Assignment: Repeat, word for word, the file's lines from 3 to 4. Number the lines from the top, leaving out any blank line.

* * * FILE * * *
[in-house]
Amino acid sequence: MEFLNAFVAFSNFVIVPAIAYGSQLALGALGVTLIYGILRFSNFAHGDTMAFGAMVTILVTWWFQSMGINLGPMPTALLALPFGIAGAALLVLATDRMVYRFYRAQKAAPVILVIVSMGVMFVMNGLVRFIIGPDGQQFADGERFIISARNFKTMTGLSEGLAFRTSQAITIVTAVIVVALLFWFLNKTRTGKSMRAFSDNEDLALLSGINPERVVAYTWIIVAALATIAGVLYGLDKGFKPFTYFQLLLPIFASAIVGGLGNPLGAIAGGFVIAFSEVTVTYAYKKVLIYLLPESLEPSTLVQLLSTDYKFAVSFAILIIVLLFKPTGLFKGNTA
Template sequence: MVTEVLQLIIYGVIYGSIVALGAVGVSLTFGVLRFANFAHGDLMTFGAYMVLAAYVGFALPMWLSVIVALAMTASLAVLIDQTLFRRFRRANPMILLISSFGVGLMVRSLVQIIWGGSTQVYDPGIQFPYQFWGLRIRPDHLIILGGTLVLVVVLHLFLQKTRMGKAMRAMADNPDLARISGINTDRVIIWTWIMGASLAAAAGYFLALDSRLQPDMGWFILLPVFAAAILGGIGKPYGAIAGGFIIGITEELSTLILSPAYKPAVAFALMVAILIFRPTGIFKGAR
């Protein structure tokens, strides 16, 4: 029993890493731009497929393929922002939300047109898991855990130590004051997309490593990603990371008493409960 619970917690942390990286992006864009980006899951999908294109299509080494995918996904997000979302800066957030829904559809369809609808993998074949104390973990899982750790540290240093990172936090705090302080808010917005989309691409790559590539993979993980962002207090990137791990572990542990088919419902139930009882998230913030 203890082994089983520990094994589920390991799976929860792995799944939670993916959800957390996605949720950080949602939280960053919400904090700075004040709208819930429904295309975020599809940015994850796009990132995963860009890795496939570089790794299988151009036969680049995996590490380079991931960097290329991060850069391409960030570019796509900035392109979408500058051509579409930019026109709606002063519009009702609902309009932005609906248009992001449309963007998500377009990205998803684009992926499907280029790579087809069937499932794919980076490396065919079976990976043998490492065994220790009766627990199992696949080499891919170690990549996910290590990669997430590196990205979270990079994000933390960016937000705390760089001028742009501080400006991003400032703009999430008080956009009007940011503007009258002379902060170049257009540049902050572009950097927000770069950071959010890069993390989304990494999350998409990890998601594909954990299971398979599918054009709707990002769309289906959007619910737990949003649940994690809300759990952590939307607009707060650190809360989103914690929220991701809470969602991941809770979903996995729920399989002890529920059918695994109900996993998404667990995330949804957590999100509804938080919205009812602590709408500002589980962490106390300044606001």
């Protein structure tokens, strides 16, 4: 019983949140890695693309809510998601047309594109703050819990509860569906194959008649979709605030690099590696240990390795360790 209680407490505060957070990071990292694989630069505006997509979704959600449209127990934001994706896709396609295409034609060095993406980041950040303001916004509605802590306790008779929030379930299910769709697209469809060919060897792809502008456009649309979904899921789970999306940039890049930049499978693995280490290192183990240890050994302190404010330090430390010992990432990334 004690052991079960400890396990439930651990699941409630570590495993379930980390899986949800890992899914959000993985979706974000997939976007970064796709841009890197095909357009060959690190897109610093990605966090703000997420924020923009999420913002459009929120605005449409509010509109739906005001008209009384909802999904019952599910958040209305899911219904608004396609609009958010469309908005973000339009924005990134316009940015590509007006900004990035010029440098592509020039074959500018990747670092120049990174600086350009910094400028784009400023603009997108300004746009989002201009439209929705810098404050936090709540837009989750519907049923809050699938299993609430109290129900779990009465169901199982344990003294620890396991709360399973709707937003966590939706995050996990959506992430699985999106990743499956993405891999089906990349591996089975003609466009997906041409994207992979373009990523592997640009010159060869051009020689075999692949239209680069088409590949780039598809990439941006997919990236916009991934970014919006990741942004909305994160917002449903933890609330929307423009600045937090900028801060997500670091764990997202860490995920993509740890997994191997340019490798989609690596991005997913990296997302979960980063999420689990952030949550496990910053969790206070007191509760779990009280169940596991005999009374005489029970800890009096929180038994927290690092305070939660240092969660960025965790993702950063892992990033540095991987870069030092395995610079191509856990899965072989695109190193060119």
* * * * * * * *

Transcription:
Template sequence: MVTEVLQLIIYGVIYGSIVALGAVGVSLTFGVLRFANFAHGDLMTFGAYMVLAAYVGFALPMWLSVIVALAMTASLAVLIDQTLFRRFRRANPMILLISSFGVGLMVRSLVQIIWGGSTQVYDPGIQFPYQFWGLRIRPDHLIILGGTLVLVVVLHLFLQKTRMGKAMRAMADNPDLARISGINTDRVIIWTWIMGASLAAAAGYFLALDSRLQPDMGWFILLPVFAAAILGGIGKPYGAIAGGFIIGITEELSTLILSPAYKPAVAFALMVAILIFRPTGIFKGAR
């Protein structure tokens, strides 16, 4: 029993890493731009497929393929922002939300047109898991855990130590004051997309490593990603990371008493409960 619970917690942390990286992006864009980006899951999908294109299509080494995918996904997000979302800066957030829904559809369809609808993998074949104390973990899982750790540290240093990172936090705090302080808010917005989309691409790559590539993979993980962002207090990137791990572990542990088919419902139930009882998230913030 203890082994089983520990094994589920390991799976929860792995799944939670993916959800957390996605949720950080949602939280960053919400904090700075004040709208819930429904295309975020599809940015994850796009990132995963860009890795496939570089790794299988151009036969680049995996590490380079991931960097290329991060850069391409960030570019796509900035392109979408500058051509579409930019026109709606002063519009009702609902309009932005609906248009992001449309963007998500377009990205998803684009992926499907280029790579087809069937499932794919980076490396065919079976990976043998490492065994220790009766627990199992696949080499891919170690990549996910290590990669997430590196990205979270990079994000933390960016937000705390760089001028742009501080400006991003400032703009999430008080956009009007940011503007009258002379902060170049257009540049902050572009950097927000770069950071959010890069993390989304990494999350998409990890998601594909954990299971398979599918054009709707990002769309289906959007619910737990949003649940994690809300759990952590939307607009707060650190809360989103914690929220991701809470969602991941809770979903996995729920399989002890529920059918695994109900996993998404667990995330949804957590999100509804938080919205009812602590709408500002589980962490106390300044606001």